On February 7, 2006, the USDA’s fee-for-service arrangement was announced. As the Washington Times stated in its article, Town Seeks an End to Horse Slaughtering: “Since law has always required such inspections, it [Congress’ ban on funding inspections] seemed to put an end to a growing controversy. Passed by the House and the Senate, the Ensign amendment was considered by its sponsors as an absolute end of U.S. horse slaughter for human consumption. But a concerted campaign by Belgian-owned slaughterhouses soon uncovered a loophole in the congressional edict. Now, nearing the end of a six-month delay, the USDA has announced that the new order (no USDA-paid inspections) actually did not halt horse slaughter and that private companies could simply pick up the tab for inspection costs.”
On February 13, 2006, in the United States District Court, District of Columbia, six national humane groups representing over 9.5 million members and several individuals filed a complaint in federal court against Secretary of Agriculture Mike Johanns and Food Safety and Inspection Service Administrator Barbara Masters, challenging the USDA’s decision to create a fee-for-service inspection system that facilitates the continued transport and slaughter of tens of thousands of American horses for human consumption abroad each year. The lawsuit was unsuccessful.
On February 22, 2006, the HSUS filed for a preliminary injunction to prevent the inspections of horsemeat until a pending lawsuit against the USDA prohibiting the fee-for-service inspections could be settled. The Court dismissed two of the three claims filed in that lawsuit on grounds that the plaintiffs lacked standing.
Fee-for-service inspections commenced on March 10, 2006. On Tuesday, March 14, a federal judge ruled in favor of the USDA to allow fee-for-service inspections to horsemeat processing plants despite efforts of the HSUS and other animal welfare groups to prevent the inspections and thus close the plants.
On January 19, 2007, a panel of judges from the Fifth U.S. Circuit Court of Appeals in New Orleans ruled that slaughtering horses for meat was illegal in Texas. This decision tied up an earlier case dating back to August, 2003, when Texas Attorney General John Cornyn issued an opinion on a long-forgotten piece of legislation (Ag Code 149) that had gone unenforced since it had been passed in 1949. Specifically, Cornyn’s August, 2003 opinion stated that the law applied to both Dallas Crown and Beltex. The two Texas plants responded to an order by the Tarrant County Assistant District Attorney to shut down by filing a suit challenging the law. Their argument? That a ban would violate the Constitution’s commerce clause and federal meat inspection laws.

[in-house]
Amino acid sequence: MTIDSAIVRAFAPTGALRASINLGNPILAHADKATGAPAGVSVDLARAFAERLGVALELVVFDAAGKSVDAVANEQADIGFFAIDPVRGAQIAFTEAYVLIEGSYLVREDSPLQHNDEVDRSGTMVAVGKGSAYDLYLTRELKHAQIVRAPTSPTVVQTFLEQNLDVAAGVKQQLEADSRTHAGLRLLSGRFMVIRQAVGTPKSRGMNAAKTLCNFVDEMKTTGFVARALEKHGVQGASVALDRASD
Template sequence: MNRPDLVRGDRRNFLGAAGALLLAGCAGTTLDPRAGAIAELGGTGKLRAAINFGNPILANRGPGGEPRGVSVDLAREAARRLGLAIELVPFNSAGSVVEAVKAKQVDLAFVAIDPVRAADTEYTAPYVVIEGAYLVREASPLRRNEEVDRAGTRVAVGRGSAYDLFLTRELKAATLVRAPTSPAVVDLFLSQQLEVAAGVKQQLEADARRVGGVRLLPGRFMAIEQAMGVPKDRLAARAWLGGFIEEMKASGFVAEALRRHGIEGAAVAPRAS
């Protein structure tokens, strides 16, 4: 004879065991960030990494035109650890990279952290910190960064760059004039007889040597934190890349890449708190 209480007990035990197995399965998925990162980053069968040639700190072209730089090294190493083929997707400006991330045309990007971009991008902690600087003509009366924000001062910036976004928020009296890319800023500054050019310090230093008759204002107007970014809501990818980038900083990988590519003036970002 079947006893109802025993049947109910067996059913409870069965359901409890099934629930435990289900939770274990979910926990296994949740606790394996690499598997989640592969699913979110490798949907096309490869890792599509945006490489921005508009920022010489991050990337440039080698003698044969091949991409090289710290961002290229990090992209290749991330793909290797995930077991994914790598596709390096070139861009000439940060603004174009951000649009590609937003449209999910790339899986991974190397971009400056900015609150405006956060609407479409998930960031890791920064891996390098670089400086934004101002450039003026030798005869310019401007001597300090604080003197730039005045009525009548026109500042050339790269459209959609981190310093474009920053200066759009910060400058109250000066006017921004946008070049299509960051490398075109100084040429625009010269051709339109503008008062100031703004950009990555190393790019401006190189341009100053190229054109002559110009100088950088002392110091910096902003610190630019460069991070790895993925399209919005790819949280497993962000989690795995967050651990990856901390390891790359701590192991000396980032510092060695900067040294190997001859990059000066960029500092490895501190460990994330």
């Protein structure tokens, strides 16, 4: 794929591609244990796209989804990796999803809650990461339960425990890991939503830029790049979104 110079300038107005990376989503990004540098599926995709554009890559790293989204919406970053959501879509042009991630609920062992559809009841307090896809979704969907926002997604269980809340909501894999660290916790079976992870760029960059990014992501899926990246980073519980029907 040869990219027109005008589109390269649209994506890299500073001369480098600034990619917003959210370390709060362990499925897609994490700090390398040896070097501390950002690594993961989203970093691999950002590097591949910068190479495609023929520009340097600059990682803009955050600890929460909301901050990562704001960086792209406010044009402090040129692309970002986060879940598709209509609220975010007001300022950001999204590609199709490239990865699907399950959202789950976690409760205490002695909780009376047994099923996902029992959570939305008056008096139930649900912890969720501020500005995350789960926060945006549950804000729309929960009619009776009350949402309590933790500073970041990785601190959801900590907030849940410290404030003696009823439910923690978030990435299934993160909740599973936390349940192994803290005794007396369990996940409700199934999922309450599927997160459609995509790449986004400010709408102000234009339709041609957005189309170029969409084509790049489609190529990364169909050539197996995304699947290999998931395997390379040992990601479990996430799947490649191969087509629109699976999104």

In 2006, a judge ruled in favor of the plants, but this decision was overturned by the New Orleans appellate court. Even though it upheld the Texas ban on slaughtering horses, however, the plants did not shut. They continued slaughtering horses. Within 14 days of the Fifth Circuit Court decision, Dallas Crown & Beltex asked for an enbanc by the Fifth Circuit.
In February, 2007, Dallas Crown and Beltex took their case up to the Supreme Court, which rejected their appeal. But the plants continued slaughtering horses.
On March 5, 2007, the entire Fifth U.S. Circuit Court of Appeals affirmed an earlier panel decision upholding the Texas state law (Ag Code 149) banning the sale of horsemeat for human consumption.
On March 23, 2007, the The Kaufman Herald, reported that Dallas Crown had finally sent its employees home. This left just Cavel, in DeKalb, IL, operating.
On March 29, 2007, U.S. Federal District Court Judge Colleen Kollar-Kotelly of the Federal District Court in the District of Columbia effectively blocked the USDA from providing horsemeat inspections for a fee. She ruled that the USDA violated the National Environmental Policy Act by failing to conduct an environmental impact review of its decision to allow the continuation of horse slaughter. Technically,,America’s remaining slaughterhouse could no longer kill horses for human consumption.
On May 5, 2007, Cavel, The DeKalb Illinois slaughter plant, which had been forced to close for several weeks, won the latest round in a long battle over the processing of horses, scoring a win in the Federal Appeals Court in Washington that allowed the plant to re-open. The court issued a stay on an order banning USDA inspections.